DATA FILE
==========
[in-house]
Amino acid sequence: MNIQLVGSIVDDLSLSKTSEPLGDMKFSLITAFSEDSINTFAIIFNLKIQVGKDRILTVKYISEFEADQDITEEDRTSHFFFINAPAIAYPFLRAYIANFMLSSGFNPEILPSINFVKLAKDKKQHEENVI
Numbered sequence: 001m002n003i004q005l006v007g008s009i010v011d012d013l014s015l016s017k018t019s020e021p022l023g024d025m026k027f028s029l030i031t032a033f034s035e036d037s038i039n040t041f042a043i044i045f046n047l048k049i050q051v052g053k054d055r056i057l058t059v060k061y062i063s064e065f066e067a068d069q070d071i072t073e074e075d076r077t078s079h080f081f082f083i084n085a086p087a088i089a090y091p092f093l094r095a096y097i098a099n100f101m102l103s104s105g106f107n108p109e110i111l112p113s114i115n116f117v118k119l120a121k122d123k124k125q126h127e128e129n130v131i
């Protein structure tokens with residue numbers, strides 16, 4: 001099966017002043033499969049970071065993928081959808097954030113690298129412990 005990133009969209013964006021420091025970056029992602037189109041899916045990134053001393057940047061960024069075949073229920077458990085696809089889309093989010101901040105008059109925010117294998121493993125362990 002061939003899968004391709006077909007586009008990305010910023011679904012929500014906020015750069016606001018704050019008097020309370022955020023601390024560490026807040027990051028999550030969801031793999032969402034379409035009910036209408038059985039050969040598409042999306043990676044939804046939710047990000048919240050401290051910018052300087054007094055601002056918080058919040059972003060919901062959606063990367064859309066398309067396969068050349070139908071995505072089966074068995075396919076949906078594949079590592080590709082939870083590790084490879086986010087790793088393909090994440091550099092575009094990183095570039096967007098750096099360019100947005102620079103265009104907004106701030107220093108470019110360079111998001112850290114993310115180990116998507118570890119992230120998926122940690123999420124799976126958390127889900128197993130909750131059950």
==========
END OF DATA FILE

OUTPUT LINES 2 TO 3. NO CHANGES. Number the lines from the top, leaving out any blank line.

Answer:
Amino acid sequence: MNIQLVGSIVDDLSLSKTSEPLGDMKFSLITAFSEDSINTFAIIFNLKIQVGKDRILTVKYISEFEADQDITEEDRTSHFFFINAPAIAYPFLRAYIANFMLSSGFNPEILPSINFVKLAKDKKQHEENVI
Numbered sequence: 001m002n003i004q005l006v007g008s009i010v011d012d013l014s015l016s017k018t019s020e021p022l023g024d025m026k027f028s029l030i031t032a033f034s035e036d037s038i039n040t041f042a043i044i045f046n047l048k049i050q051v052g053k054d055r056i057l058t059v060k061y062i063s064e065f066e067a068d069q070d071i072t073e074e075d076r077t078s079h080f081f082f083i084n085a086p087a088i089a090y091p092f093l094r095a096y097i098a099n100f101m102l103s104s105g106f107n108p109e110i111l112p113s114i115n116f117v118k119l120a121k122d123k124k125q126h127e128e129n130v131i